What if governments’ recovery plans—both US President Joe Biden’s and Canadian Prime Minister Justin Trudeau’s—don’t stimulate the economy such that it grows in the medium and long term?
South of the border, President Biden’s $2.3-trillion infrastructure plan is applauded by economists like Joseph Stiglitz, who said recently that it “will create more demand and that should give people more confidence to invest.”
Here at home, the Trudeau government has just announced over $100 billion in spending in its latest budget to restart the Canadian economy.
But if economic growth is what we’re after, it’s investment and savings that we should stimulate, not spending and consumption.
As a recent Wall Street Journal article explains, whether public or private, spending does not generate permanent growth. Instead, growth is based on an increase in the supply of goods over time. We can’t spend if goods have not first been produced. Now, supply increases as technology and production processes improve. Such improvement requires savings and investment rather than consumption.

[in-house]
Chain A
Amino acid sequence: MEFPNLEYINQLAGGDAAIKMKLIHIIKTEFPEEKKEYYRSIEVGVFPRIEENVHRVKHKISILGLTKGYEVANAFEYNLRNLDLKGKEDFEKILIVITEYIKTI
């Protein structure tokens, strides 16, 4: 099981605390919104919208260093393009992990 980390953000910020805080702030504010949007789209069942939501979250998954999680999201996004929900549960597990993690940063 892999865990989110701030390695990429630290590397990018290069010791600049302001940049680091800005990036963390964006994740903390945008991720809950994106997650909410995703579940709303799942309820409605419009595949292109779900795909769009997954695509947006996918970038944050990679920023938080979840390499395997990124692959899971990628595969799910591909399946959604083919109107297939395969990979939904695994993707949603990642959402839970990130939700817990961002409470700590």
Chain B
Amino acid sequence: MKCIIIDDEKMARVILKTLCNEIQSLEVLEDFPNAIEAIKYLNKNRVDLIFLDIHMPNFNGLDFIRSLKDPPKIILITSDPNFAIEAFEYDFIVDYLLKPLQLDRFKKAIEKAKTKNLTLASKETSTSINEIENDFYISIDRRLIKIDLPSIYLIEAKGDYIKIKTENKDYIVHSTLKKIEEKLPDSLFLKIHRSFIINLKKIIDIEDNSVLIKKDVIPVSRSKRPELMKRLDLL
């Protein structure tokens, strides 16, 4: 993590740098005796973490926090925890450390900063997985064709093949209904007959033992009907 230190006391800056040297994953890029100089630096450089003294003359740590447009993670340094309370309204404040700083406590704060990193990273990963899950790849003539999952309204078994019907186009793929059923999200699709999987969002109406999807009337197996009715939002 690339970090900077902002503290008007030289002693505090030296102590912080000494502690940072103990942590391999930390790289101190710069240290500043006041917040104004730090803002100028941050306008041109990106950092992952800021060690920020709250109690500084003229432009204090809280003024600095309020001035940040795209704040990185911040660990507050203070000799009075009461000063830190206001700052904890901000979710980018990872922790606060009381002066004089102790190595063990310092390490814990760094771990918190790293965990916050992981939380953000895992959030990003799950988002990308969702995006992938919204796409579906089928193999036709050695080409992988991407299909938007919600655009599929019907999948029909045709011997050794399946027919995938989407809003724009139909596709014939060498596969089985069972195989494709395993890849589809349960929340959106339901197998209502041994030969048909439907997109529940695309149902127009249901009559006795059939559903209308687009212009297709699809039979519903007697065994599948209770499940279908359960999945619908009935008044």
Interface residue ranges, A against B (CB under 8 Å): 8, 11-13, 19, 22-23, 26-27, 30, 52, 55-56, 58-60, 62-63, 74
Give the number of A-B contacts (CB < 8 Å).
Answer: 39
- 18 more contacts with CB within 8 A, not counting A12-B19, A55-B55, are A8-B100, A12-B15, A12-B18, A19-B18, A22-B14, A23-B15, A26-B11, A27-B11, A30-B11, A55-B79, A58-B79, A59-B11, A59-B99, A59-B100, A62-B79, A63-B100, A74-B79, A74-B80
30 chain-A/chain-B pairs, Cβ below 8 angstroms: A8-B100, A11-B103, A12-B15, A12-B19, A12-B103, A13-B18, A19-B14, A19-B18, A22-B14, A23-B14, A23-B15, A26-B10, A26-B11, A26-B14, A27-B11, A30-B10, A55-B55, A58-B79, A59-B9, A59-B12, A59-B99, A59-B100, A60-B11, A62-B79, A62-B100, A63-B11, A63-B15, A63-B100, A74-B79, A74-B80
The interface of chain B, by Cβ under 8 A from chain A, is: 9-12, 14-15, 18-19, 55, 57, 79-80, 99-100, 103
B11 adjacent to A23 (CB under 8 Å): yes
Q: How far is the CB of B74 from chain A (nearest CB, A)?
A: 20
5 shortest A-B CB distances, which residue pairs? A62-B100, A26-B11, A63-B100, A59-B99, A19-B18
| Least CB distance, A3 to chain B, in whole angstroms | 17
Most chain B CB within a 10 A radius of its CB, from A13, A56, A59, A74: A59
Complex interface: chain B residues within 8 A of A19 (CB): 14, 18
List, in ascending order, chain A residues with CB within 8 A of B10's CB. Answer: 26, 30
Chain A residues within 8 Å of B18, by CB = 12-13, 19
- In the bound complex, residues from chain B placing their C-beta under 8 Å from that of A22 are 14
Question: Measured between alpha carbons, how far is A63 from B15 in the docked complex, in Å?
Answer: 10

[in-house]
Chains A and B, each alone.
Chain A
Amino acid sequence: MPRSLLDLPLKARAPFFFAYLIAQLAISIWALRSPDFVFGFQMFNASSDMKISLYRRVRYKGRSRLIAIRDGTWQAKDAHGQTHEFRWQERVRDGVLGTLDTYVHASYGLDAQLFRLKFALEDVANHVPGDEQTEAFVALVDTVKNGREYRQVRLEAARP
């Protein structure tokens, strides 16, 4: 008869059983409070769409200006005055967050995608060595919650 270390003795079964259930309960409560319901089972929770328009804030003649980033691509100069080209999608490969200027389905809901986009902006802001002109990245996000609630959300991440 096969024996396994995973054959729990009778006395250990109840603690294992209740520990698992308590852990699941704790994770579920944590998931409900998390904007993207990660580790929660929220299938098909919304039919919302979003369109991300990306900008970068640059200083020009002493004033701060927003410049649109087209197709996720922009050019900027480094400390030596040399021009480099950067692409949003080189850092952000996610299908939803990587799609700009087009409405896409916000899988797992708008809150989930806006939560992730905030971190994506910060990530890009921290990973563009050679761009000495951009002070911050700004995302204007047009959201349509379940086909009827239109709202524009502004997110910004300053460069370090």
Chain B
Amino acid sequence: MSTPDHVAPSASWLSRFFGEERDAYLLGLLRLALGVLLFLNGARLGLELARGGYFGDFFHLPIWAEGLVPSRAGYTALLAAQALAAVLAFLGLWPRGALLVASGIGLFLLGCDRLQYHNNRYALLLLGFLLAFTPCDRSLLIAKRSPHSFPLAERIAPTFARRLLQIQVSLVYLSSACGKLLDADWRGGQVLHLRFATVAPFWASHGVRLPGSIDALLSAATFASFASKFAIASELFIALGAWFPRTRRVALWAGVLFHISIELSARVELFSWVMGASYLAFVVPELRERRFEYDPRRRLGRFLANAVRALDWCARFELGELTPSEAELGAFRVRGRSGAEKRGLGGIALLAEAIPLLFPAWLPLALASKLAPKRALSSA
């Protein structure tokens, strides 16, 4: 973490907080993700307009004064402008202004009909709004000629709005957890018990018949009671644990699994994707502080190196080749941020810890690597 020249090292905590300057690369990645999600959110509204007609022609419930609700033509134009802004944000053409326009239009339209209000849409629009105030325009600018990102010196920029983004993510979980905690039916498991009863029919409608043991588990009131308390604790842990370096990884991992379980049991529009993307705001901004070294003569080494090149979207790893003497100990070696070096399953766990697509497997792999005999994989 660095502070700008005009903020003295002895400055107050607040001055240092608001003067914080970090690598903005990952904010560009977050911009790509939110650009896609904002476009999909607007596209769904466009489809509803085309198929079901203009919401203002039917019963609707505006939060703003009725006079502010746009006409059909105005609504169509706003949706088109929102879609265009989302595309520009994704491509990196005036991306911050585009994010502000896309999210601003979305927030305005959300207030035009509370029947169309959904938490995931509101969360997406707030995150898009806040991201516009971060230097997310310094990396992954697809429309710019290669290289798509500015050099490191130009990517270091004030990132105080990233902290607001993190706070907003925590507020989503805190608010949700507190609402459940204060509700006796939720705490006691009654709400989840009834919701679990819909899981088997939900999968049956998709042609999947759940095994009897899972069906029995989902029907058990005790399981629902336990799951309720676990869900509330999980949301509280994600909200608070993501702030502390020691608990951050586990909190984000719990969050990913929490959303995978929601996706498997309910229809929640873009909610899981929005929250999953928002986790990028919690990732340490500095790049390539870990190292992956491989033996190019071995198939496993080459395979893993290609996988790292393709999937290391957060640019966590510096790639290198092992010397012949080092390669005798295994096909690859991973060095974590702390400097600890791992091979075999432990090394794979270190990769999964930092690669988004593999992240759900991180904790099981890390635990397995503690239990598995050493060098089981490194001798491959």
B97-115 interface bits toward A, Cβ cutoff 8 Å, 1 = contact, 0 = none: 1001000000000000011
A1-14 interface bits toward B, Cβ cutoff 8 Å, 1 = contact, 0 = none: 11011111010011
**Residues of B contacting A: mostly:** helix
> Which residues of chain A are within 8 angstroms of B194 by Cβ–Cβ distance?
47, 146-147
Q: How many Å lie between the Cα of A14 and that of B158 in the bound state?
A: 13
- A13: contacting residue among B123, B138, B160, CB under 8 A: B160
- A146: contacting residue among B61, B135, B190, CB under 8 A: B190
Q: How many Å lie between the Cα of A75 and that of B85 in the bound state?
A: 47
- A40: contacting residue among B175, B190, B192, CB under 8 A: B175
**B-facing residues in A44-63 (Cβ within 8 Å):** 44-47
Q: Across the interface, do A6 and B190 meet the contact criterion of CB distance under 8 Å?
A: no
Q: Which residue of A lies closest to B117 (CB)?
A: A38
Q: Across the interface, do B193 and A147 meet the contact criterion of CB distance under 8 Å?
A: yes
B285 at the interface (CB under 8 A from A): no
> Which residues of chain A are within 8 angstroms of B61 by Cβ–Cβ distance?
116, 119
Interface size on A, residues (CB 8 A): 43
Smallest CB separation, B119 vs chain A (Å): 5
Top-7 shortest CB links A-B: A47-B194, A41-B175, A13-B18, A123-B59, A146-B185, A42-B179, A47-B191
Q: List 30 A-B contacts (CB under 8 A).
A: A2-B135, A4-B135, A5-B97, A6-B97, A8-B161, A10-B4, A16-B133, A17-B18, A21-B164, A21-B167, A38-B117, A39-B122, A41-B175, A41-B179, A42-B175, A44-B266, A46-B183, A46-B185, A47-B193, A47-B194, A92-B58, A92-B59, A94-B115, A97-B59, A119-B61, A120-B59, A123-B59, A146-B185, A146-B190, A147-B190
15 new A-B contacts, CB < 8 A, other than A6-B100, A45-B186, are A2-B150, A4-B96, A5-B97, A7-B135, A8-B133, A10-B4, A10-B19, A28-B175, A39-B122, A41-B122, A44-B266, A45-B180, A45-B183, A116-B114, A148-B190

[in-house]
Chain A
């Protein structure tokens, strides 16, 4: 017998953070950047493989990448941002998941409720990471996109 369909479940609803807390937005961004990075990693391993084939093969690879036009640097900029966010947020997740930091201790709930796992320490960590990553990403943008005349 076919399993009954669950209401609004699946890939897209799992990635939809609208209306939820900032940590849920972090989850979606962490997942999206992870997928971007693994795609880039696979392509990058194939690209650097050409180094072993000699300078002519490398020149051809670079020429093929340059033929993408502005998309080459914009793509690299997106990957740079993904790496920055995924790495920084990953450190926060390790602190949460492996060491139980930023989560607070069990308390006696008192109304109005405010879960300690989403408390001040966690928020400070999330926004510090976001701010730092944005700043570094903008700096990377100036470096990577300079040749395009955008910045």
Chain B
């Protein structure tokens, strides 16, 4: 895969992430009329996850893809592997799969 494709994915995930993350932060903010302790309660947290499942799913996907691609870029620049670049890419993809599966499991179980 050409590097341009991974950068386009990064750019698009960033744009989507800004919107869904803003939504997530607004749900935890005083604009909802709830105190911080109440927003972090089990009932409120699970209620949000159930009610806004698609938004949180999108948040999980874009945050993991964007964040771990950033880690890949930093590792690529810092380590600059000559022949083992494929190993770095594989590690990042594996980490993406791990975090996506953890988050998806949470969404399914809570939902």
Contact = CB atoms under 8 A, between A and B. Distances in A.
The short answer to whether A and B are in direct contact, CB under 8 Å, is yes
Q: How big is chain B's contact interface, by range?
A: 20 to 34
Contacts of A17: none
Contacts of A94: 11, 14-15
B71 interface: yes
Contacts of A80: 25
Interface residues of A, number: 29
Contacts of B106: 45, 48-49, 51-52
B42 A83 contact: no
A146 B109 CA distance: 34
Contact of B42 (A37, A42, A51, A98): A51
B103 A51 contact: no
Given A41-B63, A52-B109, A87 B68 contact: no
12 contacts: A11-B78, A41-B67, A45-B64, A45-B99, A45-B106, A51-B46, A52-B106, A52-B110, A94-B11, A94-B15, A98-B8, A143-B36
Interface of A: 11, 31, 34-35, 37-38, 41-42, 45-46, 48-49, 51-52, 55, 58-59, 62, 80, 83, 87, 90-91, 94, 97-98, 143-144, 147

Moreover, as the author explains, President Biden’s plan includes substantial tax hikes for businesses, which will also hurt households, savings, and especially investment. It’s safe to assume that in Canada, new taxes will finance the Trudeau government’s astronomical spending also.
Of course, repairing roads and bridges can help improve the productivity of our economies. There will surely be, among all of these expenditures, some viable and necessary projects. But investors and the market are generally better than governments at growing savings by investing them wisely. And with the enormous sums that will be spent by these two governments, certain blunders and inefficiencies are to be expected.
Most importantly, we must remember than all of this spending will have to be financed by taxes one way or another, which will have the opposite of the desired effect. Indeed, by undermining individual and corporate savings, these will reduce investment, and so productivity, and at the end of the day, economic growth as well.